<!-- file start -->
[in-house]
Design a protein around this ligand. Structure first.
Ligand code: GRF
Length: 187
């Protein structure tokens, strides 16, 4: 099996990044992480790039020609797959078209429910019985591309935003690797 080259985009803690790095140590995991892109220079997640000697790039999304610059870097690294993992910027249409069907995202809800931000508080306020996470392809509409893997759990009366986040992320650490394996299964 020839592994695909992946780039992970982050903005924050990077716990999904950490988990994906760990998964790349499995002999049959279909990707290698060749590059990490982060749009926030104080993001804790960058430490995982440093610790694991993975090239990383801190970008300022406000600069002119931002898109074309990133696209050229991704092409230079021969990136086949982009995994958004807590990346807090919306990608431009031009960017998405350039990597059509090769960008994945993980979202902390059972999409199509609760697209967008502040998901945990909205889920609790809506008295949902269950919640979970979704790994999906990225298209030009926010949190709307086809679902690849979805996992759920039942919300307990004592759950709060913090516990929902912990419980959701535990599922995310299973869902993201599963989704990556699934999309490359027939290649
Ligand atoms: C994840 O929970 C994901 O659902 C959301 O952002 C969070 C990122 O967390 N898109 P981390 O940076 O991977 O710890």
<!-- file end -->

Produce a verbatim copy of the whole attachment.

[in-house]
Design a protein around this ligand. Structure first.
Ligand code: GRF
Length: 187
């Protein structure tokens, strides 16, 4: 099996990044992480790039020609797959078209429910019985591309935003690797 080259985009803690790095140590995991892109220079997640000697790039999304610059870097690294993992910027249409069907995202809800931000508080306020996470392809509409893997759990009366986040992320650490394996299964 020839592994695909992946780039992970982050903005924050990077716990999904950490988990994906760990998964790349499995002999049959279909990707290698060749590059990490982060749009926030104080993001804790960058430490995982440093610790694991993975090239990383801190970008300022406000600069002119931002898109074309990133696209050229991704092409230079021969990136086949982009995994958004807590990346807090919306990608431009031009960017998405350039990597059509090769960008994945993980979202902390059972999409199509609760697209967008502040998901945990909205889920609790809506008295949902269950919640979970979704790994999906990225298209030009926010949190709307086809679902690849979805996992759920039942919300307990004592759950709060913090516990929902912990419980959701535990599922995310299973869902993201599963989704990556699934999309490359027939290649
Ligand atoms: C994840 O929970 C994901 O659902 C959301 O952002 C969070 C990122 O967390 N898109 P981390 O940076 O991977 O710890």